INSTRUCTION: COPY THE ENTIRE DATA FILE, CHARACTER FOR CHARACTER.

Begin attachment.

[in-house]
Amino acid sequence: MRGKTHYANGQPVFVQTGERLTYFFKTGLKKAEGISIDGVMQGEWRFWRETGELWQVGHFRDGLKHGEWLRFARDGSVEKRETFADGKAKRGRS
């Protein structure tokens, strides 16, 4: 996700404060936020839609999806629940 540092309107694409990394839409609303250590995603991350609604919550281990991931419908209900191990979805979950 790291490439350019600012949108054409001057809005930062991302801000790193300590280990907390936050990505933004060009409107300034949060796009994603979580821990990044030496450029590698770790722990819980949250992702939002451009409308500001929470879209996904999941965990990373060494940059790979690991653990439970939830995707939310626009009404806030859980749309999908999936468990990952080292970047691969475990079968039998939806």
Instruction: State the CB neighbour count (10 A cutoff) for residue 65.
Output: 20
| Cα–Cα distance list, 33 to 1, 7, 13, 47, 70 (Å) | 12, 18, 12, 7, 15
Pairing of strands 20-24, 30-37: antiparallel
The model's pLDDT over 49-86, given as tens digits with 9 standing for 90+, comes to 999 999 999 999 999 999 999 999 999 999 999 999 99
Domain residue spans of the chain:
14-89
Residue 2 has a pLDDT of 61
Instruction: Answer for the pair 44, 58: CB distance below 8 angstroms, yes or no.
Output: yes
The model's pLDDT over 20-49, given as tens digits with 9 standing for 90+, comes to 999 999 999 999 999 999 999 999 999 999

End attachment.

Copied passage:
[in-house]
Amino acid sequence: MRGKTHYANGQPVFVQTGERLTYFFKTGLKKAEGISIDGVMQGEWRFWRETGELWQVGHFRDGLKHGEWLRFARDGSVEKRETFADGKAKRGRS
């Protein structure tokens, strides 16, 4: 996700404060936020839609999806629940 540092309107694409990394839409609303250590995603991350609604919550281990991931419908209900191990979805979950 790291490439350019600012949108054409001057809005930062991302801000790193300590280990907390936050990505933004060009409107300034949060796009994603979580821990990044030496450029590698770790722990819980949250992702939002451009409308500001929470879209996904999941965990990373060494940059790979690991653990439970939830995707939310626009009404806030859980749309999908999936468990990952080292970047691969475990079968039998939806």
Instruction: State the CB neighbour count (10 A cutoff) for residue 65.
Output: 20
| Cα–Cα distance list, 33 to 1, 7, 13, 47, 70 (Å) | 12, 18, 12, 7, 15
Pairing of strands 20-24, 30-37: antiparallel
The model's pLDDT over 49-86, given as tens digits with 9 standing for 90+, comes to 999 999 999 999 999 999 999 999 999 999 999 999 99
Domain residue spans of the chain:
14-89
Residue 2 has a pLDDT of 61
Instruction: Answer for the pair 44, 58: CB distance below 8 angstroms, yes or no.
Output: yes
The model's pLDDT over 20-49, given as tens digits with 9 standing for 90+, comes to 999 999 999 999 999 999 999 999 999 999